Summertime sadness is here, and Sophie Allison, better known as Soccer Mommy, is ready. With lazily strummed guitar, echoey shoegaze atmospherics and a voice rich with apocalyptic melancholy, her third studio album Sometimes, Forever, released June 24, embraces nihilistic despair. If Allison’s 2020 release Color Theory was a haunting self-portrait of isolation and loss, then her 2022 project is a self-aware, supernatural drama that makes peace with a bleak future.
Heavily inspired by horror films, Allison leans into spine-chilling symbolism. The album begins unassumingly with “Bones,” a simple song with a catchy melody about yearning for the good times in an old relationship. However, by the time they reach third track “Unholy Affliction,” listeners are already knee-deep in disturbing religious imagery and biting critiques of materialism. “Ooh, I taste it on my tongue/ It’s all in my bones and in my blood/ So carve me up and let the colors run,” Allison sings with an unaffected distance that perfectly captures the apathy of the zeitgeist. The heavy percussion nearly drowns her out at times, but she doesn’t seem to care.
Allison continues to crucify the insatiable greed of rich elites on “Newdemo,” lamenting the neverending sludge of work that exists under capitalism. It’s a theme not unlike Mitski’s “Working for the Knife,” though Allison peppers biblical references into her exploration of humanity’s demise. In the end, she accepts the uncertainty of her fate and the futility of struggle: “But what is a dream but a hope you hold onto/ A lie that you wish would come true,” she sings.
Daniel Lopatin of the electronic project Oneohtrix Point Never deepens the album’s sound with textured, ’90s-inspired production, and nowhere is his influence more clear than on “Darkness Forever.” The distorted guitar is reminiscent of Kurt Cobain, while the eerily calm, innocent vocals are similar to Grimes. Fixated on the infamous death of 20th-century poet Sylvia Plath, Allison flirts with suicidal tendencies and self-destruction, singing, “Thirst from an artist/ Killed by her insides/ She tried to set the evil on fire.”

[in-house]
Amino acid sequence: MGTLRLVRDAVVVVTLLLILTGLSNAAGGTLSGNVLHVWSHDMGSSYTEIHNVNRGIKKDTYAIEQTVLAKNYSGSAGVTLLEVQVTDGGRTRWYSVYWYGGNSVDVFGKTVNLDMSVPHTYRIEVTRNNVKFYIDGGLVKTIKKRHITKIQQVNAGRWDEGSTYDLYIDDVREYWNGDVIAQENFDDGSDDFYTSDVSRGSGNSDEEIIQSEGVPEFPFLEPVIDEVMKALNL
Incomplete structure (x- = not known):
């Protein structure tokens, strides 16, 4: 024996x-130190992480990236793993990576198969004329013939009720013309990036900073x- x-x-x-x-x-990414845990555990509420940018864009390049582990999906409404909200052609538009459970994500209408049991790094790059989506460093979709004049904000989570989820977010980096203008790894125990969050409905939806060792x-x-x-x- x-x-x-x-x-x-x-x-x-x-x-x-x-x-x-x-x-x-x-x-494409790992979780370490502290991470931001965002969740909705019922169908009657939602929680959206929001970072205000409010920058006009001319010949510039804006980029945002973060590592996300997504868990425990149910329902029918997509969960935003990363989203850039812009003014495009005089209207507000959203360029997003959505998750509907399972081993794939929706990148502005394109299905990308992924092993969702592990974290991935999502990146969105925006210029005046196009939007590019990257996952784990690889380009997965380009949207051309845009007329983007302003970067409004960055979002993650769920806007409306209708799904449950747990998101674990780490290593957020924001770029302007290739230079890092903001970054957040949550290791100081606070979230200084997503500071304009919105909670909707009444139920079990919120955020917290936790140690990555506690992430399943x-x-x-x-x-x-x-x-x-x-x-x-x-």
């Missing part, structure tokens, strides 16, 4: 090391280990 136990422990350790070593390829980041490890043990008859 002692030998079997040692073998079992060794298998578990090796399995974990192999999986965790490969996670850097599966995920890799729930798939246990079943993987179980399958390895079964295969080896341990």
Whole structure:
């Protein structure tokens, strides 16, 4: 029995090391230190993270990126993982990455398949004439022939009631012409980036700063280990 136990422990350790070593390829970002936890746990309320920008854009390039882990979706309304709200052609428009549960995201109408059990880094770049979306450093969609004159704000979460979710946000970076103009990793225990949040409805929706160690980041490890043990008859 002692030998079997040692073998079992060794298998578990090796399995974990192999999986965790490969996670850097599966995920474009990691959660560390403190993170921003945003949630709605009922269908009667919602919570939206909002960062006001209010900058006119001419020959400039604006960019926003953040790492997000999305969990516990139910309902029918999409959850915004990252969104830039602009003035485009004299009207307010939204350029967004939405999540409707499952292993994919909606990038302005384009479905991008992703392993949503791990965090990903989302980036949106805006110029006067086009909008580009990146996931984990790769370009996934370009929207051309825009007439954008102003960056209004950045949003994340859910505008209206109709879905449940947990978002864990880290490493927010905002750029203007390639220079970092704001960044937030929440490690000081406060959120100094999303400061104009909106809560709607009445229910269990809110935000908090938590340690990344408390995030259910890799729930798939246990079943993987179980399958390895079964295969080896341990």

Often, it seems that the darkness of her lyrics is at odds with the softness of her melodies, but this tonal disconnect somehow works to Allison’s advantage. “Feel It All the Time” reconciles the anxiety of getting older with the untapped potential of the future, and “Fire in the Driveway” contrasts imagery of fire and ice — both of which can burn — as Allison mourns a mutually toxic relationship. She turns an obvious metaphor on its head, noting that fire can also mean rebirth and renewal. “Following Eyes” tells a ghost story about the creeping feeling that something bad is about to happen, but Allison’s surprisingly uplifting attitude indicates she knows the darkness won’t last.
For all its experimental flair and artful ennui, Sometimes, Forever is not without its faults. “Shotgun,” the album’s lead single about losing oneself in love, is perhaps the least interesting of all 11 songs. Evidently engineered to be a radio-friendly earworm, it could be easily mistaken for any other popular yet unoriginal indie hit. Final track “Still” is also somewhat repetitive and cheesy, providing an acoustic, Disney Channel-like ending to an album that cannot be wrapped up nicely in a pretty bow. Still, the song contains a simple metaphor that sums up the essence of the album: “I don’t know how to feel things small/ It’s a tidal wave or nothing at all,” Allison sings.
Though rife with the urge to give into apathy and the nagging idea that nothing matters, Sometimes, Forever is anything but emotionless. With Lopatin’s help, Allison effectively marries ’90s alt-rock nostalgia with futuristic synth-pop, producing the perfect soundtrack for the apocalypse. When the end of the world arrives, Allison will be ready.